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Peter King hearing: Why won't media – or Muslims – address Islamism in America?

America’s freedoms aren't in danger from Islamists. But we can't ignore Islamist influences on Muslim-American organizations. It is not enough for Muslims here simply to assert their rights but also to address questions whose continued neglect fuels understandable anxieties.

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Not unlike former Egyptian President Hosni Mubarak’s approach toward his opponents, this has led others to indulge such instincts and fixate exclusively on these organizations’ links to Islamism, however remote or attenuated.

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These divergent responses are each in their own way inadequate. Not surprisingly, both sides reach out to Muslims who suit their purposes. Such “user-friendly Muslims” either denounce extremism, paint mainstream Muslim-American organizations in the worst possible light, or gratify some other positive or negative interpretation of Islam. One way or another, these individuals embrace some value or values that resonate with non-Muslims – whether secularism, humanism, feminism, pacifism, or gay rights.

The problem is that such Muslims tend to come from minority sects, like the Ahmadiyya and Ismailis, or the more numerous Sufis. Despite their many talents and often good intentions, these “represetatives” aren’t really representative: they lack meaningful connections to the vast majority of Muslim Americans. And while the leading organizations may not adequately reflect the views of all Muslim Americans, or even a majority, their well-established and ongoing relationships with Muslim communities across the United States afford them better street-level credibility than the “user-friendly” alternatives.

Separate fact from fiction

What to do?

First, our elites, ever prone to political correctness, must face up more forthrightly to the Islamist origins and lingering influences on mainstream Muslim-American leaders and organizations. Once this step is taken, we can begin to sort out genuine concerns and threats from presumed ones.

Although Islamists might seek to convert their fellow citizens to their faith, they do not pose the threat that many Americans might assume. Muslims are simply too few in numbers to produce any real change in this deeply Christian country. Moreover, as we have seen with other immigrant groups, and to the credit of the American way of life, the passage of time, the pursuit of successful careers, and the raising of families in tolerant and religion-friendly communities have smoothed the rough edges of many an Islamist. After all, if the Muslim Brotherhood has earned much less than majority support in the fertile environment of Egypt, what exactly do we have to fear from Islamists here?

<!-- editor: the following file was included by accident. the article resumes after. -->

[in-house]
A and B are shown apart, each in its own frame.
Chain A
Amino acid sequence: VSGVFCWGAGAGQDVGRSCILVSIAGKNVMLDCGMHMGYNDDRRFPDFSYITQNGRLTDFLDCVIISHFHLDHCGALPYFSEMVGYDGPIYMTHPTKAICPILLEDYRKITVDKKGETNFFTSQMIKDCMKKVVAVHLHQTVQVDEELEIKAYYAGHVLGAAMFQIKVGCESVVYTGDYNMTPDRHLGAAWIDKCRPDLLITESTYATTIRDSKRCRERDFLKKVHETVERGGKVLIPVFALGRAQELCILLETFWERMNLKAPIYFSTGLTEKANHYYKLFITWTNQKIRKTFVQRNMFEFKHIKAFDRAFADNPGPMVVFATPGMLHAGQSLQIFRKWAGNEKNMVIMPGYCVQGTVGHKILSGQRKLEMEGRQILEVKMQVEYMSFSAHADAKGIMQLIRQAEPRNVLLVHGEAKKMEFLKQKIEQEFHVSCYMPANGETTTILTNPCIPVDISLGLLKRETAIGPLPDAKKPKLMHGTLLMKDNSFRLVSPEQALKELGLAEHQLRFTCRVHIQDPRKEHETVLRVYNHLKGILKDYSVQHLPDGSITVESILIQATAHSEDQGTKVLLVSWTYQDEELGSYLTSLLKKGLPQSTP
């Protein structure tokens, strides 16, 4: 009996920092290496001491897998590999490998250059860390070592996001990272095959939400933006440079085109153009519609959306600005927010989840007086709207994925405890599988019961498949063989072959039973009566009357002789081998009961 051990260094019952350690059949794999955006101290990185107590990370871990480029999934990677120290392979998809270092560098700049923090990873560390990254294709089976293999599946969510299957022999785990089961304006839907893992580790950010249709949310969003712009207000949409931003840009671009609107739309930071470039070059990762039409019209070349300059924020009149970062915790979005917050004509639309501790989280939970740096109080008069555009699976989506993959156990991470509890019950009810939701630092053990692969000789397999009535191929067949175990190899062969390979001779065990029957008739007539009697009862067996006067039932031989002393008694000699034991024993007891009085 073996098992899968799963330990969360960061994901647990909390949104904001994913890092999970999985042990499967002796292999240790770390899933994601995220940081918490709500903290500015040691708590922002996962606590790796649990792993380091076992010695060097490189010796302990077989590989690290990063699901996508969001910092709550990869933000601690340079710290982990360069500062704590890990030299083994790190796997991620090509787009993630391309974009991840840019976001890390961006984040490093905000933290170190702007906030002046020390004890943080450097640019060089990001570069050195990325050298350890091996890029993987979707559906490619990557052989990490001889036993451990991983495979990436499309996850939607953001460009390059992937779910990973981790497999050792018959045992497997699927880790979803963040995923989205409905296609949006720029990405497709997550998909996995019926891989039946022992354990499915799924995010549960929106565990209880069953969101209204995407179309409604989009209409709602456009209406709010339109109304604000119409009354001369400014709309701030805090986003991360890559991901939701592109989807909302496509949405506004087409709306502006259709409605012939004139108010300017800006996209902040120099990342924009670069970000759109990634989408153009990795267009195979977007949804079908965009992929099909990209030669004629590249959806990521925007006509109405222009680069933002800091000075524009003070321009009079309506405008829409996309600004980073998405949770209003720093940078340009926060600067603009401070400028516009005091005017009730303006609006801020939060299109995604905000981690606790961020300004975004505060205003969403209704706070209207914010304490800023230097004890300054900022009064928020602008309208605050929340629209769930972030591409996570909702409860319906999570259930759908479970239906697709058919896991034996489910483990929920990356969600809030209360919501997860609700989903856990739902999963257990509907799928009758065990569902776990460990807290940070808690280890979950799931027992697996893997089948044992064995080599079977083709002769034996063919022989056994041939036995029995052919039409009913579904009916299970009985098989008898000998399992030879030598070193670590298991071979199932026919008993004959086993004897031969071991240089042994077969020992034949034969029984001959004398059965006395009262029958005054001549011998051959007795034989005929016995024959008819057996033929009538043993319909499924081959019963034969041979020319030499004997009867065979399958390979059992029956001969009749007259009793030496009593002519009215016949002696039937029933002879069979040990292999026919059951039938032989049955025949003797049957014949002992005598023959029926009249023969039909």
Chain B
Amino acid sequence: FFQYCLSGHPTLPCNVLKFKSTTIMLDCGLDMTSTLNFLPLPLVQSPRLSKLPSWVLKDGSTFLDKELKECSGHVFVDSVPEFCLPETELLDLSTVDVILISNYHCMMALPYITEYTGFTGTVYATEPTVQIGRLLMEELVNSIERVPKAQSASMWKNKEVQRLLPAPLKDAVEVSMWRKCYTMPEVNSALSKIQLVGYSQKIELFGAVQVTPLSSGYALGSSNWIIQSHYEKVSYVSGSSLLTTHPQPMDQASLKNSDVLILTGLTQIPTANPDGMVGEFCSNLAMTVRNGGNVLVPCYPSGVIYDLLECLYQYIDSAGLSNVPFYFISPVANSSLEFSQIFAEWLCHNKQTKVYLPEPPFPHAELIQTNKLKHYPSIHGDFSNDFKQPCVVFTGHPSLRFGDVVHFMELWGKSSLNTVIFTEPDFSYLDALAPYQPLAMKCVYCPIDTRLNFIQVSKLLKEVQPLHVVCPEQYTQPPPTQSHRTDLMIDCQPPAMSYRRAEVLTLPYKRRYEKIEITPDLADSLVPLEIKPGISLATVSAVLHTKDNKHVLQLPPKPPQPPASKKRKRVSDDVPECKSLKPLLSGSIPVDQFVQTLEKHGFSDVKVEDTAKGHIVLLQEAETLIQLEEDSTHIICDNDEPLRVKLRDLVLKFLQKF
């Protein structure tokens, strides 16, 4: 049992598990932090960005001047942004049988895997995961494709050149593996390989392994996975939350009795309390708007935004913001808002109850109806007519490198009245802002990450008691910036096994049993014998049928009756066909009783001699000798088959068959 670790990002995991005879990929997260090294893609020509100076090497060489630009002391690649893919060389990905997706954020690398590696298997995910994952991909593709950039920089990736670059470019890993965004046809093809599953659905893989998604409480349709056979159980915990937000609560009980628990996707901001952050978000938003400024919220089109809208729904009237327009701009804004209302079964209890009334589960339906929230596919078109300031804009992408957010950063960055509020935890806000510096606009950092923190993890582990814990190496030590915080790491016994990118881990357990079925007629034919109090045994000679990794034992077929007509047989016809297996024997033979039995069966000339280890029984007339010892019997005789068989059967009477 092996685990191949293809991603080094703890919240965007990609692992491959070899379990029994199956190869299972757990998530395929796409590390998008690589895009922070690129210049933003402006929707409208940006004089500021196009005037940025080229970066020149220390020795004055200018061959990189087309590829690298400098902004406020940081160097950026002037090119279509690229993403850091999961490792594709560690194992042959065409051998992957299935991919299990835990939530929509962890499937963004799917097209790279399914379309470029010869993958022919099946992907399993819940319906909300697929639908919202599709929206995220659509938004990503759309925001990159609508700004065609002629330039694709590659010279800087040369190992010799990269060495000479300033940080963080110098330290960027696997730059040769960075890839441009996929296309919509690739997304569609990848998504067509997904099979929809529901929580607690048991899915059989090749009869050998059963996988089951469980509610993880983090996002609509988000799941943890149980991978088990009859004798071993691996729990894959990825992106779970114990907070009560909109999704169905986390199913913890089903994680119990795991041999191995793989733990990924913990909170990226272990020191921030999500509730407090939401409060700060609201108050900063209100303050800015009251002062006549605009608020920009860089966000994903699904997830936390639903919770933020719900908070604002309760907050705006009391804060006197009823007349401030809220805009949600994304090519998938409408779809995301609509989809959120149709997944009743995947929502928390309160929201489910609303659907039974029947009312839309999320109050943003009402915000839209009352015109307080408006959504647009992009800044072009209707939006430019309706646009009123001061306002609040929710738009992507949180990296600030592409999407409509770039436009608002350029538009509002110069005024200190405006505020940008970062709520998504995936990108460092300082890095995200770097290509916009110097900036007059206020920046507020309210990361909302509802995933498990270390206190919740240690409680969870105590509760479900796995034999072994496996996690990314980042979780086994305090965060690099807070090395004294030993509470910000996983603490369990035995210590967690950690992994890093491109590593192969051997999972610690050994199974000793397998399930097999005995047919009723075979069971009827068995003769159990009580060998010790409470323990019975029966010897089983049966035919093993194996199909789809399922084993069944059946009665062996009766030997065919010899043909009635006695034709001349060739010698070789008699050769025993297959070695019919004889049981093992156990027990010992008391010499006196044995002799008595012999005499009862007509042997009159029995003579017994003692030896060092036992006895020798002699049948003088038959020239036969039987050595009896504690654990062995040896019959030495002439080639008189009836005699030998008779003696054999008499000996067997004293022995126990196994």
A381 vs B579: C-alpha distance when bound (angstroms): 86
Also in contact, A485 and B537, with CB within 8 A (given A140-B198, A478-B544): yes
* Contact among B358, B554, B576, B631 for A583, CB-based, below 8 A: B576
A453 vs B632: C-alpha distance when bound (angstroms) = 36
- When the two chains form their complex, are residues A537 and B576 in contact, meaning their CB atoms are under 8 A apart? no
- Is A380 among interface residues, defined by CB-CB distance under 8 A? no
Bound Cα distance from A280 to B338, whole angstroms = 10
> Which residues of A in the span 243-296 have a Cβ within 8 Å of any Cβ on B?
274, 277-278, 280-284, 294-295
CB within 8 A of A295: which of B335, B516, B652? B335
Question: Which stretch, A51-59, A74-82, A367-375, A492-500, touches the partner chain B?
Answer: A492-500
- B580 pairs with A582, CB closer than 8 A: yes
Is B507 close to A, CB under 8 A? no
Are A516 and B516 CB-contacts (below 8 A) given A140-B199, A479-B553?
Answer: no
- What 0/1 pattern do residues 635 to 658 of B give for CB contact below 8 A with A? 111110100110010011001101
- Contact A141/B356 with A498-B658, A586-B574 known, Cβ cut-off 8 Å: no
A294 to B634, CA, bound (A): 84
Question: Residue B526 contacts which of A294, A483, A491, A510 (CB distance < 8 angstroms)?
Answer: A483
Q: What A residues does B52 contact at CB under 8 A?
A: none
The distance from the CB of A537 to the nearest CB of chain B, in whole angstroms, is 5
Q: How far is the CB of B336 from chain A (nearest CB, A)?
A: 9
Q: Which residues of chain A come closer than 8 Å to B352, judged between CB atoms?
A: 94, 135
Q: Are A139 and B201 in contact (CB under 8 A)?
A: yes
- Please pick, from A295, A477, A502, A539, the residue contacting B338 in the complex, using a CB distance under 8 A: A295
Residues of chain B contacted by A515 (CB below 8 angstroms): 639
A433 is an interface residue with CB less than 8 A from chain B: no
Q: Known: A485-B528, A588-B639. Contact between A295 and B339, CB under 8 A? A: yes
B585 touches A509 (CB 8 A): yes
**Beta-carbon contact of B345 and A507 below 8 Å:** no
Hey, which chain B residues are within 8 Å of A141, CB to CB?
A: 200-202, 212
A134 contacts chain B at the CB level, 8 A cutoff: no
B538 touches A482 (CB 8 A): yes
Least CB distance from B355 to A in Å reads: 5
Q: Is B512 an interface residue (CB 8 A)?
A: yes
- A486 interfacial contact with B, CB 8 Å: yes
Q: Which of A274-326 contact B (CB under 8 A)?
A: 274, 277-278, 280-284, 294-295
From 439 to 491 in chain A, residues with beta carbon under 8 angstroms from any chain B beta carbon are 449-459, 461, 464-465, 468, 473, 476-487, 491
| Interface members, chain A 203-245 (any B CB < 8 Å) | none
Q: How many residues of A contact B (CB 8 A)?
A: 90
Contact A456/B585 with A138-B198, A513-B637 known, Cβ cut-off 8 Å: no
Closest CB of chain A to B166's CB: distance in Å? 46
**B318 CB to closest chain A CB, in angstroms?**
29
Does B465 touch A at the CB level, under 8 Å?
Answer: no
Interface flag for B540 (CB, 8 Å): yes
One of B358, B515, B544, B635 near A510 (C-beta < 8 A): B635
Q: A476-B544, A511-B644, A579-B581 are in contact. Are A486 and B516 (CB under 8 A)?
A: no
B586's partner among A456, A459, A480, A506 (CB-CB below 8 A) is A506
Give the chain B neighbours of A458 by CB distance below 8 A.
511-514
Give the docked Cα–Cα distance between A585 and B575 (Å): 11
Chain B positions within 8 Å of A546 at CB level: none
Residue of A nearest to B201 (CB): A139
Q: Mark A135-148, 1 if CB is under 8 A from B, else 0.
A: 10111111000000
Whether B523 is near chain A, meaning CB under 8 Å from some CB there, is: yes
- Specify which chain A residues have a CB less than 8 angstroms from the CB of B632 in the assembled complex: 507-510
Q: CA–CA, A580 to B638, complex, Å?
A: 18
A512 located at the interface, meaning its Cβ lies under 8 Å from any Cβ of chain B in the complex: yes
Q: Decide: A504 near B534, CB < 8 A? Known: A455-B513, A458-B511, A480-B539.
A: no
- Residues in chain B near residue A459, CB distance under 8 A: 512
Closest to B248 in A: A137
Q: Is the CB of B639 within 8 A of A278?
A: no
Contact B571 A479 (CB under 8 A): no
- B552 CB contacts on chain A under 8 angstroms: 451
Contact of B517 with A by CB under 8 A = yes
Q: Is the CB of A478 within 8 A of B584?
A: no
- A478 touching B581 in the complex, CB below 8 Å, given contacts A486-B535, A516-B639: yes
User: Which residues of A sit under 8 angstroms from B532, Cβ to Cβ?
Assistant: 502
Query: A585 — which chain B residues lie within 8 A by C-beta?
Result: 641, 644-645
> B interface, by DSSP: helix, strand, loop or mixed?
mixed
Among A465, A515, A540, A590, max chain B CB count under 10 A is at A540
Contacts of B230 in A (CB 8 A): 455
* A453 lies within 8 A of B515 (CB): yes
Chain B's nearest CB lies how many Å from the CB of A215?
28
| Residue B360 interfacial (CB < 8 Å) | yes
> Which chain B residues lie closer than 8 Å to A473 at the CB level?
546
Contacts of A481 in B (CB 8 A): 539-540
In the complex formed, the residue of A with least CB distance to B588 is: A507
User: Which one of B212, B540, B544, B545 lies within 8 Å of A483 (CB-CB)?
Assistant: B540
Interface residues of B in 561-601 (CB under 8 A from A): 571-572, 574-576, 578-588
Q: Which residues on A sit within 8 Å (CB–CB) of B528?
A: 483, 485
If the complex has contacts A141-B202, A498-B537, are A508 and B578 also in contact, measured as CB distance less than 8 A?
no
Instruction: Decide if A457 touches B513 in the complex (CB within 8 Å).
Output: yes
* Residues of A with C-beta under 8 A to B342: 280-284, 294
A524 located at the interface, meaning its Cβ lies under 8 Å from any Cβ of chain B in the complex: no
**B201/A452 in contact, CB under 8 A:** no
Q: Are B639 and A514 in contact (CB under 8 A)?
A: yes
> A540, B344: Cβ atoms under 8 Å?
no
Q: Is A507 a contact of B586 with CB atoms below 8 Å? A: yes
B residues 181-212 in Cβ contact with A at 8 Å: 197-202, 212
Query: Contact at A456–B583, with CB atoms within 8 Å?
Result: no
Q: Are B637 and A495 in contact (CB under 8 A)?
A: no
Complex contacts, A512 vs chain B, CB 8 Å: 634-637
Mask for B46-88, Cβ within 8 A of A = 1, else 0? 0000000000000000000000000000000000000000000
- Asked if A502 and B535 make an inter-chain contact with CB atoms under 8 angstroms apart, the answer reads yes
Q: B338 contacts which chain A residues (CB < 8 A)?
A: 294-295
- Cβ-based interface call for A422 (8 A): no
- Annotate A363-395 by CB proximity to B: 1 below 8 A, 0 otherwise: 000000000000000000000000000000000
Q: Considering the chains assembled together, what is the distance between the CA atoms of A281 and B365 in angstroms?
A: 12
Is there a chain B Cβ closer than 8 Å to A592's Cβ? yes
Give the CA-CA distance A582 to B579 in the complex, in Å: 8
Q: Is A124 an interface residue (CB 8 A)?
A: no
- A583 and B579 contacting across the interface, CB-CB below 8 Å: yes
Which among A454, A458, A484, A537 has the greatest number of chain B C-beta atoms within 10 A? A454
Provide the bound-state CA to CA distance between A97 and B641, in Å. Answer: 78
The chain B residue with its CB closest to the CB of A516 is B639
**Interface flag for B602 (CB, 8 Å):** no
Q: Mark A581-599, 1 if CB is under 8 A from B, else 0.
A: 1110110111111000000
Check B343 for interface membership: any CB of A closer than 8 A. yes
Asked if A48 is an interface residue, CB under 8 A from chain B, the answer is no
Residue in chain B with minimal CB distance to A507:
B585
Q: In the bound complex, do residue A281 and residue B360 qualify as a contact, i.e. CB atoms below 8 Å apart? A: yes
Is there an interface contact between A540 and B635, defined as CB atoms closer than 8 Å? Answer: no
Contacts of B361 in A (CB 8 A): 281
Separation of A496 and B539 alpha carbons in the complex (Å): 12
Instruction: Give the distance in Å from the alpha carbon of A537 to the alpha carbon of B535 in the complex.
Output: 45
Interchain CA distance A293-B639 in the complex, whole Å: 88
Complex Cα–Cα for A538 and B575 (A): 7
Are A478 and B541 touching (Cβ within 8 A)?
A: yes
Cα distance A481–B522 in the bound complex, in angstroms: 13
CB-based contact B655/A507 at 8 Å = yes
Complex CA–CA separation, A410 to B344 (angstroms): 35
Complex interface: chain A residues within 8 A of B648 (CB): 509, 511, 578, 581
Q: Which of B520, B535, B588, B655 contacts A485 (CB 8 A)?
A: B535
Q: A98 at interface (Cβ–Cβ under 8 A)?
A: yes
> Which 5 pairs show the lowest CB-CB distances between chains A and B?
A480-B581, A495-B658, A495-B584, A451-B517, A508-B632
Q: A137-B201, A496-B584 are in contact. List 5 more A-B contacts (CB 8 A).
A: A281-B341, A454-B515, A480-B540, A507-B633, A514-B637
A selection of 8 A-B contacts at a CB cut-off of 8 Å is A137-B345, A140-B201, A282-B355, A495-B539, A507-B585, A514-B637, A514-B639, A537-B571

For their part, Muslim Americans must face up to the full implications of the Islamist origins and history of their leadership. To be sure, for many, this is a legacy of struggle and pride. Yet here in America it is also a source of confusion among many Muslim Americans as to their obligations to Muslims around the globe – the ummah – and to their fellow Americans.

At a time when Americans, including some Muslims, are in combat overseas against Muslim adversaries, Muslim Americans cannot afford to consider themselves as a community apart. If they are to realize full citizenship, it is not enough for Muslims here simply to assert their rights but also to address questions whose continued neglect fuels understandable anxieties about Islam among their fellow citizens.

Peter Skerry is professor of political science at Boston College and nonresident senior fellow at the Brookings Institution. Gary Schmitt is resident scholar at the American Enterprise Institute.


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